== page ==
PCS has an existing industrial action mandate but following the decision of our annual delegate conference in Brighton to pursue coordinated action, the union decided to ask our members to vote ‘yes’ in a consultative ballot. In the ballot, which closed today, 73.7% of those who took part backed the campaign.
Action is aimed at breaking the pay freeze, and winning a fair settlement on pay, jobs, pensions, outsourcing, and terms and conditions such as performance management. We are also looking to force the government into talks on our pay claim of £1,200 or a 5% pay increase.
Across the UK pay cuts have damaged the economy and caused real hardship for millions of people. If pay had kept pace with inflation, average civil service pay would be £2,300 higher than it is now. But the government has announced that the pay cap will continue in 2014 and 2015 and possibly beyond. Our members are facing the tightest living standards squeeze for nearly a century.
The National Executive Committee meets tomorrow (1 July) to discuss next steps. If, as expected, they back a coordinated strike on July 10, we will be taking action alongside the following unions:
The National Union of Teachers
On 19 June, the national executive of the National Union of Teachers met and decided to take action in England and Wales over pay, pensions and heavy workloads.
NUT general secretary, Christine Blower, said: “The government is still failing to make progress on our trade dispute over teachers’ pay, pensions and workload. The talks are still only about the implementation of Government policies, not about the fundamental issues we believe to be detrimental to education and the profession.
“For teachers, performance-related pay, working until 68 for a full pension and heavy workload for 60 hours a week, is unsustainable.”
On 23 June, UNISON’s national committee announced that hundreds of thousands of its members in local government and school support staff would join the strike following a yes vote in a ballot for action on pay.
The low-paid, mainly women, workers have faced a 3-year pay freeze and have now been offered a 1% pay rise. The lowest are paid just above the statutory national minimum wage and did not even receive the £250 that chancellor George Osborne promised they would get two years running.
Unison general secretary, Dave Prentis, said: “We have a clear majority for strike action so a one day strike will go ahead on 10 July. We expect to be joined in that action by other unions in local government and will be campaigning among our members for maximum support on that day.
“Many of our members are low-paid women earning barely above the minimum wage, who care for our children, our elderly and our vulnerable and they deserve better treatment than they have had at the hands of this government. The employers must get back into talks immediately to avoid a damaging dispute.”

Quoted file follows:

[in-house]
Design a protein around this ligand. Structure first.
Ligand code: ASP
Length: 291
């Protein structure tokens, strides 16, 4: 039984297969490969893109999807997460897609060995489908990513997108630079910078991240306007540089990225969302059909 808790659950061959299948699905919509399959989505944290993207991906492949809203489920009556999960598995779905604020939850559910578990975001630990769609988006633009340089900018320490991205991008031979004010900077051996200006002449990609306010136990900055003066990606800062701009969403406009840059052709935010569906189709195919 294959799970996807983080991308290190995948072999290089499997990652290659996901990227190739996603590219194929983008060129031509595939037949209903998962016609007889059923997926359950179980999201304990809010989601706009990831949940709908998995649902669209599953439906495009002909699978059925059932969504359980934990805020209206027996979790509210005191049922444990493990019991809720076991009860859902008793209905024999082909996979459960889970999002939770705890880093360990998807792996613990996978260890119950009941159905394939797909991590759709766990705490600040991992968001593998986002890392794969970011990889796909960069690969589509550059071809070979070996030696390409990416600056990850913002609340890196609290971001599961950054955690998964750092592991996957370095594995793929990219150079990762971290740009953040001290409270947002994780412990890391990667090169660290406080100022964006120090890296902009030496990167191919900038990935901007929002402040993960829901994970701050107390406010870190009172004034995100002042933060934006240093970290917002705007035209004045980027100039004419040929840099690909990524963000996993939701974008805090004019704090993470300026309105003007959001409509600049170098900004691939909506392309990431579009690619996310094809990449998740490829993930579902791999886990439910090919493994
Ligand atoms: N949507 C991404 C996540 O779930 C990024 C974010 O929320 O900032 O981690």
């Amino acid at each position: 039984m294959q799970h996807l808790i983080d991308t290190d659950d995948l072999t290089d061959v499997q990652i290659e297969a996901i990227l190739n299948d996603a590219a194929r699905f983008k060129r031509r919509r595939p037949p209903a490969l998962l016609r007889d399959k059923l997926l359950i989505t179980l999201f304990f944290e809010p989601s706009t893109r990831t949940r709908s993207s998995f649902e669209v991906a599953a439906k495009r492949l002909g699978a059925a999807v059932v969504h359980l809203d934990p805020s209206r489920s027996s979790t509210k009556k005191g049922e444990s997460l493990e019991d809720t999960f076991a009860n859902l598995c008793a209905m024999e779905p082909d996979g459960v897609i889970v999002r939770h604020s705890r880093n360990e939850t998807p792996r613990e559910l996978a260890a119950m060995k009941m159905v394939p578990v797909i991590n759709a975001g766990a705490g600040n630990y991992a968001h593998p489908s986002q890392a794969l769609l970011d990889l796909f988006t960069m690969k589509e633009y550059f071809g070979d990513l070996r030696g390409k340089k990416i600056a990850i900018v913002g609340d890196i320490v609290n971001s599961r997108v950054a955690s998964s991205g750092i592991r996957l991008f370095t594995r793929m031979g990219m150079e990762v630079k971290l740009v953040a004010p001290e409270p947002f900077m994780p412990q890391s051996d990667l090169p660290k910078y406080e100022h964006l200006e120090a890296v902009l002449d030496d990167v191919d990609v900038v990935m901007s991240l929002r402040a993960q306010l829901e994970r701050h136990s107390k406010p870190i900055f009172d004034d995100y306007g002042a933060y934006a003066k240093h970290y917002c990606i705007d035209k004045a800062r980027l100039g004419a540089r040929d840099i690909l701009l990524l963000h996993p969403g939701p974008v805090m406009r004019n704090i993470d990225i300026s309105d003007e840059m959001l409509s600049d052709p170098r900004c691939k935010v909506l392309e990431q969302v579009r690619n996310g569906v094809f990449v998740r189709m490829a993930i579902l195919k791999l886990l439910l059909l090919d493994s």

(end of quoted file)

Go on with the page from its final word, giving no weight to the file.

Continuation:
On 27 June, GMB announced that their members in local authorities and schools across England, Wales and Northern Ireland would take action on 10 July. This followed a ballot of members that saw a 73% vote in favour of going on strike.
GMB national secretary, Brian Strutton, said: “Our members have spoken loud and clear and said they want to go on strike.
“GMB members serving school meals, cleaning streets, emptying bins, looking after the elderly, helping children in classrooms and in all the other vital roles serving our communities are fed up with being ignored and undervalued.
“Their pay has gone up only 1% since 2010 and in October even the national minimum wage will overtake local authority pay scales. Their case is reasonable, the employers won’t listen and don’t care, no wonder they have turned to strike action as the only way of making their voices heard. With other unions involved too, the 10 July looks like being the second biggest dispute ever with up to 2 million workers on strike.”
Unite the Union
Following a ballot result announced today, Unite’s local government staff will now join up to two million other union members, including council workers and teaching staff, in taking strike action on 10 July against the government public sector austerity pay policies.
Unite national officer for local government Fiona Farmer said: “The depth of feeling on the pay issue is reinforced by the fact that local government unions, GMB and Unison, and members of the National Union of Teachers are all taking action on 10 July.
“Poverty pay is widespread across local councils – household bills continue to soar, but our members’ buying power is constantly being eroded. The national minimum wage will soon overtake local government pay scales; members are choosing between heating and eating.
“For too long the council workers have been targeted to bear the brunt of the austerity measures that have been imposed by millionaire cabinet ministers since 2010.
“The aim is to get the employers back around the table to negotiate a fair deal for those who deliver vital local government services, from social care to refuse collection, on a daily basis.”
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